Tibet, various mahasiddhas (6)

Undated (16th century circa), Tibet, Avadhutipa, copper alloy and cold gold, at the Rubin Museum of Art in New York (USA).

Avadhutipa, a non-buddhist king converted by Damarupa, is seated in a relaxed posture, his right hand doing the gesture of  teaching and displaying a flower incised in the palm (an antic-caste symbol). He is adorned with floral jewellery, large hoops with a foliate pendant, a beaded cross belt, a finial on his braided chignon. His yogic band is decorated with a stippled geometrical motif.

15th century circa, Tibet, Charyapa, gilt copper alloy and pigment, private collection, photo by Christie’s.

This Indian tantric adept wears beaded jewellery, a large hoop in one ear and an earplug in the other. There is a flower (incised) at the front of his dhoti. See the Himalayan Art Resources website for a full translation of the inscription on the back of the base (Index> Mahasiddhas>sculpture, page 1, picture 6).

Luipa, Tibet, undated, copper alloy, private collection, published on Himalayan Art Resources.

Luipa, the ‘fish-gut eater’ is leaning against his left hand and holding  fish entrails in the other.

Mahasiddha Saukarika, Tibet, 15th century circa, gilt copper alloy, private collection, photo by Bonhams.

Saukarika, ‘The Swine Herder’, is identified through an inscription on the back of the base. Instead of having a yogi’s appearance, he sits with both legs raised, wearing boots and a robe that covers both shoulders, incised all over with a floral pattern, his hands held in prayer.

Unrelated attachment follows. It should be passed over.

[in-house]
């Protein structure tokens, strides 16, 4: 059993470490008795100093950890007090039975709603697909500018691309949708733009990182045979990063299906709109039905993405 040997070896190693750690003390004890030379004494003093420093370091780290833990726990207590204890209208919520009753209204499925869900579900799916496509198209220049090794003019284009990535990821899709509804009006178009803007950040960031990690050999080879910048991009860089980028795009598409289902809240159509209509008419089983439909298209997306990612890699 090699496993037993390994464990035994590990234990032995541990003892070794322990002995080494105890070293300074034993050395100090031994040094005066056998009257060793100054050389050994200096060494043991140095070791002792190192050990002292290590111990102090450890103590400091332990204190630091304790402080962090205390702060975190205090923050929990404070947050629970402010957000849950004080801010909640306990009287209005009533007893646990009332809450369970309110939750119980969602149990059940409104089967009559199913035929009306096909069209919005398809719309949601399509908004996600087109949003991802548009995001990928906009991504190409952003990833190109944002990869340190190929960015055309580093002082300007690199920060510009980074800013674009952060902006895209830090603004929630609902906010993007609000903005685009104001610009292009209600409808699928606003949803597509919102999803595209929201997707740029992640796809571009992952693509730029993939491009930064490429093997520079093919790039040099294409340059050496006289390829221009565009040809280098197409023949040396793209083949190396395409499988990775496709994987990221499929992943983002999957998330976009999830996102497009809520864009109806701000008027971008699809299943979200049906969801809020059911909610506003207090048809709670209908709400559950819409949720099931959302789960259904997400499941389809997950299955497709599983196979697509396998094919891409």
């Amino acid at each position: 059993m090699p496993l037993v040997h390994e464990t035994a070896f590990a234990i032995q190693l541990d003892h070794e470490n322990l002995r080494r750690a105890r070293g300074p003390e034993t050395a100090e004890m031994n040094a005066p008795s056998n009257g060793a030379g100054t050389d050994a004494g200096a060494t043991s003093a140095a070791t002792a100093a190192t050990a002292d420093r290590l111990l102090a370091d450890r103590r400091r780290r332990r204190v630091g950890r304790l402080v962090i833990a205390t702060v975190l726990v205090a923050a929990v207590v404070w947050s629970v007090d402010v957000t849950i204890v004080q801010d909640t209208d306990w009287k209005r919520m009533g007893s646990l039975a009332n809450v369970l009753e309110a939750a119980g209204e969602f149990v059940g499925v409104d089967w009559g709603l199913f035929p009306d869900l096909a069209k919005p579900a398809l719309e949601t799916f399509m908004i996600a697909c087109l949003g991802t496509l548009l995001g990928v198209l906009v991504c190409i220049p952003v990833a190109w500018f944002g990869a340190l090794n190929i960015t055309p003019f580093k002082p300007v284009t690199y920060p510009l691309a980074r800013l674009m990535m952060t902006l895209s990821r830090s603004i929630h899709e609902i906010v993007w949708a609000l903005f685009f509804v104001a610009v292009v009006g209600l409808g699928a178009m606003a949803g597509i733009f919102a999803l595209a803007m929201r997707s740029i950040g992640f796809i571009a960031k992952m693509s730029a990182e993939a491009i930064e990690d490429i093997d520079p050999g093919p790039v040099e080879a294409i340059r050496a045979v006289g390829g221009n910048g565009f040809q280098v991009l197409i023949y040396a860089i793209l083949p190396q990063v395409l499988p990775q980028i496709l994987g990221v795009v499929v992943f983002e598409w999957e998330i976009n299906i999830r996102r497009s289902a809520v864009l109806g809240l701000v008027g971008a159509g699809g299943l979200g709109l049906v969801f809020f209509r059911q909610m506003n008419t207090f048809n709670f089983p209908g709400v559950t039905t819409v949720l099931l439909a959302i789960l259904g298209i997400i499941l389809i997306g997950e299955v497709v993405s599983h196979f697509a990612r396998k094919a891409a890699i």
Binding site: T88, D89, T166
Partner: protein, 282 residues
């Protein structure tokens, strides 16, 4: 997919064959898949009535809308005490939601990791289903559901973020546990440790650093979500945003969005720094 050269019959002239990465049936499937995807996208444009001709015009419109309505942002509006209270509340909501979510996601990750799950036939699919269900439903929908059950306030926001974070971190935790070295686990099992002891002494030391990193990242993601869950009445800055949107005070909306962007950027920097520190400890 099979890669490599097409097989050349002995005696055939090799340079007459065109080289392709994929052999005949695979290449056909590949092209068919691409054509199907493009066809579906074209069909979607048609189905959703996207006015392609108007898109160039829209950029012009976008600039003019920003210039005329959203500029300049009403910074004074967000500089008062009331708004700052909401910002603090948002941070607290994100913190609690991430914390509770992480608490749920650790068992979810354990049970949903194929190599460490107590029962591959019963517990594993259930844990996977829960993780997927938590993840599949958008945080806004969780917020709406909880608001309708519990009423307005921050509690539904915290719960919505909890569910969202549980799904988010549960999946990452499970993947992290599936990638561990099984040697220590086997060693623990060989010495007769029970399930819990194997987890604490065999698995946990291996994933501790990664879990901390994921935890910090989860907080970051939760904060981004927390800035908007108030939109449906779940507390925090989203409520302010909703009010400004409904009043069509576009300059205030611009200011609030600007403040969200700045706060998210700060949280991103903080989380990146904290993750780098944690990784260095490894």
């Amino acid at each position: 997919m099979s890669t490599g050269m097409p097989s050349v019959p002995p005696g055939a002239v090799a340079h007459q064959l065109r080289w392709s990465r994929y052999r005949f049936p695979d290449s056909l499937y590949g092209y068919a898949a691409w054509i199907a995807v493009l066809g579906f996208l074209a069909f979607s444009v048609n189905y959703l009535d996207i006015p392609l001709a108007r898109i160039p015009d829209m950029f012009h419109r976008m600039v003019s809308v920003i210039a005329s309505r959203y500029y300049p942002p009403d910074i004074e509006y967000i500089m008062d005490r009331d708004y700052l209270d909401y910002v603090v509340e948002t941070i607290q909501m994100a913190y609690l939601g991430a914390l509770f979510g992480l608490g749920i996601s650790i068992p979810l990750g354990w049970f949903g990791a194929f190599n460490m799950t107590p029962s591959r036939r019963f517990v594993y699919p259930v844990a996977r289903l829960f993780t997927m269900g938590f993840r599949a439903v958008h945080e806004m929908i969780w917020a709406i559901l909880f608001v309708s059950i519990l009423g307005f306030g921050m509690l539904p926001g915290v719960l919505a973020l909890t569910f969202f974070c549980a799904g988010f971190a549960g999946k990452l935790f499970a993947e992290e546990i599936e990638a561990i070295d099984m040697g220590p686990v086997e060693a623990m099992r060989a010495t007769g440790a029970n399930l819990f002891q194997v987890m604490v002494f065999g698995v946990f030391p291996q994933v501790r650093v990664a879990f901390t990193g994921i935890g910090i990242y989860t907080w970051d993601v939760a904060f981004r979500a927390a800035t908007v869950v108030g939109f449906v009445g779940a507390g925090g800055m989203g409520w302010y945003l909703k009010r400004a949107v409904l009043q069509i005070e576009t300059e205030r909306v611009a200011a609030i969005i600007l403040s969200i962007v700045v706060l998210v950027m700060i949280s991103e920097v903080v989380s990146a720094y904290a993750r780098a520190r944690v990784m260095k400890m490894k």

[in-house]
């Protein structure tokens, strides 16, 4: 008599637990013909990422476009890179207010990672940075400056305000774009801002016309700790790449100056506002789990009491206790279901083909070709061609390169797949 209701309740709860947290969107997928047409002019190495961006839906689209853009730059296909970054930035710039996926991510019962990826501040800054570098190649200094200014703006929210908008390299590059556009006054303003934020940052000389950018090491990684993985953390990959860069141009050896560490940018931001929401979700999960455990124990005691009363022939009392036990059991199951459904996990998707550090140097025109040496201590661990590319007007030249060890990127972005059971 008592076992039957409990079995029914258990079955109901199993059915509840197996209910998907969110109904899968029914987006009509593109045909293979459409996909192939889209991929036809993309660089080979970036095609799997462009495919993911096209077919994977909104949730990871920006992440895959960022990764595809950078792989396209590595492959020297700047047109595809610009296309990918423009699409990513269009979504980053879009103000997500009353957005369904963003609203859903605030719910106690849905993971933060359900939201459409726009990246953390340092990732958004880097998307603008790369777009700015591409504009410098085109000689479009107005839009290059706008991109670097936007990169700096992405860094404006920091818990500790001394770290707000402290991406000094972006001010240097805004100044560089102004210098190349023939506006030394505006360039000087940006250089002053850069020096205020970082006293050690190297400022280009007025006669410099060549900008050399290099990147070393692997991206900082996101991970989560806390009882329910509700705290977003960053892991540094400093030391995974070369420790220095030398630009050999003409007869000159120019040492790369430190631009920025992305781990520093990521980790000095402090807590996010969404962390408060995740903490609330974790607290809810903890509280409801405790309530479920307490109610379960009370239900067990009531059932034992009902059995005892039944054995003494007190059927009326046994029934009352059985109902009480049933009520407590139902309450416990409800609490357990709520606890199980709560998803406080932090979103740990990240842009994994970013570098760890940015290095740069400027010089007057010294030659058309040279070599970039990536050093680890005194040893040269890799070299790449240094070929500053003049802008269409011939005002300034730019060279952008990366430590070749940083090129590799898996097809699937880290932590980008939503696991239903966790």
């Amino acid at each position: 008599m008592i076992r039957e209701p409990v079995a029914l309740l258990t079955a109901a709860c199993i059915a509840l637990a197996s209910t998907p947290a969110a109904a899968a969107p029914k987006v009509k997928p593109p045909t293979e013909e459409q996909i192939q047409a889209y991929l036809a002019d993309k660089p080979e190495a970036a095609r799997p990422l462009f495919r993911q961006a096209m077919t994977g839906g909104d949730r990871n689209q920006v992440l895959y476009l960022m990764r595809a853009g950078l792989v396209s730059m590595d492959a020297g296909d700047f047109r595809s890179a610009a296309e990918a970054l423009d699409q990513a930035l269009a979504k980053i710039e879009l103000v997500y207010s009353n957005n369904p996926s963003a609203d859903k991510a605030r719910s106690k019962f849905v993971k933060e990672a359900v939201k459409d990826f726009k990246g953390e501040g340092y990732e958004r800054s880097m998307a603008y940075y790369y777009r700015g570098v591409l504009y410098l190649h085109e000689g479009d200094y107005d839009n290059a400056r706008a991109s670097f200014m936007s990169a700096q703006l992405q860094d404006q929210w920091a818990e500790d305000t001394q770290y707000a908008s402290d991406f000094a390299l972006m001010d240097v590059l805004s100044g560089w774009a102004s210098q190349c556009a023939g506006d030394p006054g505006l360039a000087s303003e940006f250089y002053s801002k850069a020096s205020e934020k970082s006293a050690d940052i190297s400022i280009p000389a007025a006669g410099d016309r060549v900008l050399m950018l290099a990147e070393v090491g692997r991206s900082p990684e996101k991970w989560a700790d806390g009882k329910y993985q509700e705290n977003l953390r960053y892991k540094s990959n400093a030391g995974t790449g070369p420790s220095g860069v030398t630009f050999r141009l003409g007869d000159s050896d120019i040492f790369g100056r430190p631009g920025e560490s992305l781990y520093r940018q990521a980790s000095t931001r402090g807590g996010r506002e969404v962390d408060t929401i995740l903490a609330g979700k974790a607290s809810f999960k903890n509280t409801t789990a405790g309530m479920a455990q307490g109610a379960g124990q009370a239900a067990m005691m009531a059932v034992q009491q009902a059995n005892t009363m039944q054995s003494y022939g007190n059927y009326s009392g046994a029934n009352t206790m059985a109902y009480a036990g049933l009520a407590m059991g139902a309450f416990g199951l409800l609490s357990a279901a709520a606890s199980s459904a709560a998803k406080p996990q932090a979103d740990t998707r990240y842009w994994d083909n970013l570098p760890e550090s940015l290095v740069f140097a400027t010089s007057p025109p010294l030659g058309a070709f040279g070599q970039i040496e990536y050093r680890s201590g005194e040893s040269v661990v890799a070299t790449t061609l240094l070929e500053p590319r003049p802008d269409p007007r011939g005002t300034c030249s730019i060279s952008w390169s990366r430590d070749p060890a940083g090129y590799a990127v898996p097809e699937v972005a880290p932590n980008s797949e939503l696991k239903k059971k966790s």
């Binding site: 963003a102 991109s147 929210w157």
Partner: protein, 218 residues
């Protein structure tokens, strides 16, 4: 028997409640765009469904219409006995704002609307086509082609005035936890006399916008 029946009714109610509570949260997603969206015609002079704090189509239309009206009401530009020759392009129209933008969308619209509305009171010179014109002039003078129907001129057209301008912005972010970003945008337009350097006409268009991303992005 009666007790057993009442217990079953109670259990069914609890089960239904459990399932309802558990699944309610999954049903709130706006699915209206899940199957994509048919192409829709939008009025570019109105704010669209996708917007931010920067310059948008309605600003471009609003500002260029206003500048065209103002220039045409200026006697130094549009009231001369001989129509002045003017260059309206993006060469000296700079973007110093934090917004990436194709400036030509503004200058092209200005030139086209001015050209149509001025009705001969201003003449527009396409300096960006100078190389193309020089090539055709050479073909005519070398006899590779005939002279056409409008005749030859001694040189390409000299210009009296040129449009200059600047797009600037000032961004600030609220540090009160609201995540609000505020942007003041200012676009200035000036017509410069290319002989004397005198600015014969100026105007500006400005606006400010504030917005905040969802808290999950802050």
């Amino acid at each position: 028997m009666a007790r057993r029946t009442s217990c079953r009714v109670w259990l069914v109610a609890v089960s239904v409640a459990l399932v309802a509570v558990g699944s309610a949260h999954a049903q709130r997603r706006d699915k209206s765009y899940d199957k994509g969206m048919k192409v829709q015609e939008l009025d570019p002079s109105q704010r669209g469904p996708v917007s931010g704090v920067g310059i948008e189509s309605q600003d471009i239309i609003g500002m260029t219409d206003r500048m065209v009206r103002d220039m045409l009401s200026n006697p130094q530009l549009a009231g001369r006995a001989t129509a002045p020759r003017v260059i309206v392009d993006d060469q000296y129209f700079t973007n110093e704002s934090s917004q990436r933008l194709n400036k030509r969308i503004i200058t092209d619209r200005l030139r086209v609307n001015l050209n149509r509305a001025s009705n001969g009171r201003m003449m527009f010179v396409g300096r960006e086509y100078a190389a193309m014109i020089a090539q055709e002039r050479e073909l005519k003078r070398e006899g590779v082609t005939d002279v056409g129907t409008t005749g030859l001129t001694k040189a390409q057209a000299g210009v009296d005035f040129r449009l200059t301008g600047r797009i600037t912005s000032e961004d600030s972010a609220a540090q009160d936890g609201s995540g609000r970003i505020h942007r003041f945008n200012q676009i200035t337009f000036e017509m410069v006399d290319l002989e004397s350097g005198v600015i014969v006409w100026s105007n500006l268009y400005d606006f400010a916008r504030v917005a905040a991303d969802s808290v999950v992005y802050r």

15th-16th century, Tibet, Mahasiddha Gampopa, gilt copper alloy, private collection, photo by Bonhams.

This Indian master is depicted with Tibetan monastic garments, his hands in the meditation gesture to support a bowl.

18th century, same as before.

Named after the monastery he set up at Gampo Dar, Gampopa is shown here wearing the red hat of the Kagyu order he founded, and holding the manuscript containing the doctrine.

 

 

Advertisements

Leave a Reply

Fill in your details below or click an icon to log in:

WordPress.com Logo

You are commenting using your WordPress.com account. Log Out / Change )

Twitter picture

You are commenting using your Twitter account. Log Out / Change )

Facebook photo

You are commenting using your Facebook account. Log Out / Change )

Google+ photo

You are commenting using your Google+ account. Log Out / Change )

Connecting to %s